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Top 15 Bargain Contracts in Major League Baseball

There are few things more difficult than projecting how well an athlete will perform many years in the future, as many factors such as age and injury ultimately affect performance in a significant manner. It is quite common in Major League Baseball to see relatively unproductive players earning exorbitant contracts, or to see teams taking drastic measures to minimize the damage caused by an onerous contract. The New York Mets, for example, elected to buyout and then defer Bobby Bonilla’s 2000 salary – $5.9 million – until 2011, when the team would begin paying him roughly $1.2 million every year for 25 years.

There are more recent examples of teams eating salary in order to free up space on the 40-man roster, as the Los Angeles Dodgers decided that it would be best to pay Brian Wilson roughly $10 million not to pitch for them in 2015. Wilson had exercised his player option after a brutal 2014 season, but the Dodgers no longer had a need for the former closer and instead designated him for assignment. It is clear that mistakes are often made on big-dollar, long-term contracts, but plenty of teams have also succeeded in signing star players to deals that are actually below market value.

The following 15 players are currently signed to deals that are significantly less than what the player would get on the open market. The list is limited to players who have been named to All-Star teams or who have received votes for any of baseball’s major awards. The length and average annual value of the contract matters, so while Johnny Cueto may be the best pitcher on this list, he is listed behind others whose teams have them locked up for several more years. The most important determining factor is value, specifically the degree of difference between the player’s open-market value and their current contract.

15 Giancarlo Stanton

Steve Mitchell-USA TODAY Sports

That Stanton appears on this list is likely quite surprising, and for good reason. Having just signed the richest contract in baseball -- worth $325 million over 13 years – it seems implausible that the Miami Marlins are getting excellent value on the deal. So what is the reason for Stanton’s appearance on this list? It is as simple as contract structuring, and the Marlins back-loaded this contract so heavily that Stanton’s annual average value over the first six years (after which point he can opt out of the contract) of the deal is $17.8 million, well below what he would get on the open market for that term.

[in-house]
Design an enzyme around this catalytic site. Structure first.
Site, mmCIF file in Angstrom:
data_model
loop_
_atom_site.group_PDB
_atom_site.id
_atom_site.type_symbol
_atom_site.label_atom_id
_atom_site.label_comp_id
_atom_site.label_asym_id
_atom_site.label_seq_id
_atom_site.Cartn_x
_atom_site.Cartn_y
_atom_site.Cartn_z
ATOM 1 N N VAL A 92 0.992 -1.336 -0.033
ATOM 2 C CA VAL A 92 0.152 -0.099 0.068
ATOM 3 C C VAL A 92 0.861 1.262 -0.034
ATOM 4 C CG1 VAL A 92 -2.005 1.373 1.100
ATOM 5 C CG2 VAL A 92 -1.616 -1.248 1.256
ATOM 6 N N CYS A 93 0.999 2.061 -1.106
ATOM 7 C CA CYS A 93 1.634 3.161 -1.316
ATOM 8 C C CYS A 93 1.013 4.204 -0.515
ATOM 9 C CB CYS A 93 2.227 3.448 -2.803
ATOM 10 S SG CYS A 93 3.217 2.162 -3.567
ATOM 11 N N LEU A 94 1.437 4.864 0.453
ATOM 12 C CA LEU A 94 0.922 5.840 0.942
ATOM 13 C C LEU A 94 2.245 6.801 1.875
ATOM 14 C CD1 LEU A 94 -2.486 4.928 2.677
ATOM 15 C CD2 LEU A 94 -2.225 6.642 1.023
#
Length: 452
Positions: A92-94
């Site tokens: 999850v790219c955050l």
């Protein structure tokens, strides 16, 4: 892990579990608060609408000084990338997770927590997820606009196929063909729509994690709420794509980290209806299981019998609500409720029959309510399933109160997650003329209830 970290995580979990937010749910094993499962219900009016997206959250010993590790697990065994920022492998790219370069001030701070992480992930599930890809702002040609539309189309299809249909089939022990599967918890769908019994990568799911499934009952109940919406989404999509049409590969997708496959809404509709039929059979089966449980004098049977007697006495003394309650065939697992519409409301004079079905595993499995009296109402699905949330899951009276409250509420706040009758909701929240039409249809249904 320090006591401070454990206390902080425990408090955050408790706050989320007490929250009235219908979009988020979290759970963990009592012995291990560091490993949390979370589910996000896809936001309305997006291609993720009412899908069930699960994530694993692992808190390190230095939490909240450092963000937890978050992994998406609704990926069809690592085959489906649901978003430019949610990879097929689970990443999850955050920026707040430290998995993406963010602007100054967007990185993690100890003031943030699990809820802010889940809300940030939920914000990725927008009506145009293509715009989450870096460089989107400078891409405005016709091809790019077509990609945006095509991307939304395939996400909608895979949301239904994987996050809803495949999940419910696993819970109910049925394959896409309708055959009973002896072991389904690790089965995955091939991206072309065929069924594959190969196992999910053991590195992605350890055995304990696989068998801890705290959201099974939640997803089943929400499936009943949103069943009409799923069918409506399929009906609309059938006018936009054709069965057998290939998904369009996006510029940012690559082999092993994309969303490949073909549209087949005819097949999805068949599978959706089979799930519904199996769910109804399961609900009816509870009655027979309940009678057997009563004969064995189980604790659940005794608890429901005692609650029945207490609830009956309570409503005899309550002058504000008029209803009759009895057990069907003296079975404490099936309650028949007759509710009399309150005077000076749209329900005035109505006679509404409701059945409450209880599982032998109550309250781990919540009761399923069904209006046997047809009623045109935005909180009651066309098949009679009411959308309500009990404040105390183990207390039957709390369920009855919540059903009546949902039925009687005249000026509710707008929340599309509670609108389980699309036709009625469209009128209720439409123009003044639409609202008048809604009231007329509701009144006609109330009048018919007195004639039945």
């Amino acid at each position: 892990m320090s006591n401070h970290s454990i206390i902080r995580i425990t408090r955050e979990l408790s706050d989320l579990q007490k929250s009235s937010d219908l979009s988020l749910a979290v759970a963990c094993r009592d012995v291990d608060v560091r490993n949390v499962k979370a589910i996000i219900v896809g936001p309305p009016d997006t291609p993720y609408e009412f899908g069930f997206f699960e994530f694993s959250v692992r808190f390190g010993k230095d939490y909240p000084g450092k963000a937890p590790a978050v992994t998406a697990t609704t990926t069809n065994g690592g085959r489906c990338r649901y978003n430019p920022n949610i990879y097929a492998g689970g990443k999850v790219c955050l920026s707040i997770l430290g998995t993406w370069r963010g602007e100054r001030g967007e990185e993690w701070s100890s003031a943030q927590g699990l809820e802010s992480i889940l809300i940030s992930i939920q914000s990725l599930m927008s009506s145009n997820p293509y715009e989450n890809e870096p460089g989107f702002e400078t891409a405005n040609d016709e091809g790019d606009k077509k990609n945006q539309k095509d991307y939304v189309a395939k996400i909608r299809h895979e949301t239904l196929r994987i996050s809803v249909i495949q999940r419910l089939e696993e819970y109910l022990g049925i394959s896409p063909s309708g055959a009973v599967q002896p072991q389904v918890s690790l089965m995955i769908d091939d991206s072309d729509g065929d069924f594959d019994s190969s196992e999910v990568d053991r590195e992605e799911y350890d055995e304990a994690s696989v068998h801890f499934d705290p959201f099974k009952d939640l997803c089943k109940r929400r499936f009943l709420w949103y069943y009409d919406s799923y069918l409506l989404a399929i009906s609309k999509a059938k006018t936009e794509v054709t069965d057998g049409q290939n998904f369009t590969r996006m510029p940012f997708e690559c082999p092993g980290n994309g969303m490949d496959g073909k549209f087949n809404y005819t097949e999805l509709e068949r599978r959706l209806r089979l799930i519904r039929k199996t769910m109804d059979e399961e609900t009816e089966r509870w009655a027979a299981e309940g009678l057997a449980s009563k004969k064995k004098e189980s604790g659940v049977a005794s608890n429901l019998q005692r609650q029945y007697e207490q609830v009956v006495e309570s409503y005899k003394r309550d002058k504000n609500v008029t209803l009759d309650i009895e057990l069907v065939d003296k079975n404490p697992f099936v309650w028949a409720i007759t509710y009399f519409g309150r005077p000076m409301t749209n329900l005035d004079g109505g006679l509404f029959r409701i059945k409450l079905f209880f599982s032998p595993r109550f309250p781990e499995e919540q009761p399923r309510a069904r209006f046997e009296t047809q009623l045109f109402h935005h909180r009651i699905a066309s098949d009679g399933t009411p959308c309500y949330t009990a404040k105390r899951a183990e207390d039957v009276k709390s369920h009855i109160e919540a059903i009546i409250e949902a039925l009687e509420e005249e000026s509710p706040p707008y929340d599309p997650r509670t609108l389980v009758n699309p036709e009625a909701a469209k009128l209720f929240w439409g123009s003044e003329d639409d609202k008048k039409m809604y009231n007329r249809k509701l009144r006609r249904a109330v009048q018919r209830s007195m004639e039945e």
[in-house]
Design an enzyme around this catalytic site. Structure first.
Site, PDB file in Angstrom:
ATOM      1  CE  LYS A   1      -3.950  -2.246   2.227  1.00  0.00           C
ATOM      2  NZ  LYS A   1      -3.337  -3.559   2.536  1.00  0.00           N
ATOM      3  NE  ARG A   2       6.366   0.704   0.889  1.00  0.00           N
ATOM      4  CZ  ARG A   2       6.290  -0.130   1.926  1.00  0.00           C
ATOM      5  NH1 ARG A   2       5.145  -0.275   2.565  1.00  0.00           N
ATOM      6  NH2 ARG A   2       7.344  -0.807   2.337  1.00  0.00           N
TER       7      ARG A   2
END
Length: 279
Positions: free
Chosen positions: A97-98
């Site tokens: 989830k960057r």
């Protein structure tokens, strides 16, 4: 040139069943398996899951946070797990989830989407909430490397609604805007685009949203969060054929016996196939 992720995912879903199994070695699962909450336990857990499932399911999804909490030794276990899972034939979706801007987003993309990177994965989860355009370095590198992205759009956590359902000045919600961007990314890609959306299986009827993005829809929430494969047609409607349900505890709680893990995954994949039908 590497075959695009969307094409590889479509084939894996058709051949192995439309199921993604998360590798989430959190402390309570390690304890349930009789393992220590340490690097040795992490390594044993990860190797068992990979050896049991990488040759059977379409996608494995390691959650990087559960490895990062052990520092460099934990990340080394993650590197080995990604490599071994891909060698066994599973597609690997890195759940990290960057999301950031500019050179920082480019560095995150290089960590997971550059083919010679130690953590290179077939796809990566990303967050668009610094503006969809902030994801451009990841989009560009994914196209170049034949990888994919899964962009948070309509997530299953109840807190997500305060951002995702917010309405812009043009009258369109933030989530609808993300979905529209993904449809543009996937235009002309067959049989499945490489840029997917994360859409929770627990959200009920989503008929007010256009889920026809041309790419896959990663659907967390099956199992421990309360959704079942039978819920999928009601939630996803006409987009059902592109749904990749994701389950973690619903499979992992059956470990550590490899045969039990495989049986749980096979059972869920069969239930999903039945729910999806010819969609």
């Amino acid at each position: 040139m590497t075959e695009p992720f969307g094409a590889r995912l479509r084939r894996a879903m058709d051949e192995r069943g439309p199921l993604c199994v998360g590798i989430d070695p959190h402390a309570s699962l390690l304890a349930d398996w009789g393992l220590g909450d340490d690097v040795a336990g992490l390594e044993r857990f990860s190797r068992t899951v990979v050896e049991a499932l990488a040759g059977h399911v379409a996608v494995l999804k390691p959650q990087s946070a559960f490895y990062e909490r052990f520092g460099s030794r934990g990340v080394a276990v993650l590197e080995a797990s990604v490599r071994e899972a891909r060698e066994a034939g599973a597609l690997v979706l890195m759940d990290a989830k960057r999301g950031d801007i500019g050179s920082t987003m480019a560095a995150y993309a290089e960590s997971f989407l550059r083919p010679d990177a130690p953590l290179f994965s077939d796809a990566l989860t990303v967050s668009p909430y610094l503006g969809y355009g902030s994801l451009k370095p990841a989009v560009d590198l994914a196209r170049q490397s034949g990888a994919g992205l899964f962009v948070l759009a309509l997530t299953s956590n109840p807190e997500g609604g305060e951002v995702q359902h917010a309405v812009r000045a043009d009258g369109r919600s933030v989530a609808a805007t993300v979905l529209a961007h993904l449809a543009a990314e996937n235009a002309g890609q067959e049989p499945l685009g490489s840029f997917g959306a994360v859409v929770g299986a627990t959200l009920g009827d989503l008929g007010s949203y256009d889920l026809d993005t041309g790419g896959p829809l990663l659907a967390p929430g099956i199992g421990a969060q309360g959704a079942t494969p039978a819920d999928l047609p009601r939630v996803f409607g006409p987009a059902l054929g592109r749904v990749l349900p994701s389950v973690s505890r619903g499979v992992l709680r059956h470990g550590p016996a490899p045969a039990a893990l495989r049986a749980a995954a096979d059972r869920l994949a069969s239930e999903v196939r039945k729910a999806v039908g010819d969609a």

14 Hisashi Iwakuma

Troy Taormina-USA TODAY Sports

13 Evan Longoria

Dan Hamilton-USA TODAY Sports

12 Jose Abreu

Mike DiNovo-USA TODAY Sports

11 Johnny Cueto 

Frank Victores-USA TODAY Sports

10 Jeff Samardzija 

Ed Szczepanski-USA TODAY Sports

9 Andrew McCutchen

Jason Getz-USA TODAY Sports

8 Bryce Harper

Kelley L Cox-USA TODAY Sports

7 Paul Goldschmidt

Joe Camporeale-USA TODAY Sports

6 Yasiel Puig

Scott Rovak-USA TODAY Sports

5 Hyun-Jin Ryu

Scott Rovak-USA TODAY Sports

4 Jose Altuve

Troy Taormina-USA TODAY Sports

3 Jonathan Lucroy

Benny Sieu-USA TODAY Sports

2 Madison Bumgarner

Kelley L Cox-USA TODAY Sports

1 Chris Sale

Rick Osentoski-USA TODAY Sports

Over the course of his five years in Major League Baseball, Sale has consistently improved with each passing season and, at just 25 years of age, has already been named to three All-Star teams and has been a strong candidate for Cy Young in each of the last three years, finishing third in 2014. He led the league in ERA+ (178) and was second in K/9 among qualified pitchers (10.8), and he is also earning less than what Dan Haren (if he decides to pitch) will earn in 2015. With three years left on his deal (and two years with club options), Sale is being paid just $27.15 million, giving the White Sox exceptional value and two aces that are among the best bargains in all of baseball.

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Top 15 Bargain Contracts in Major League Baseball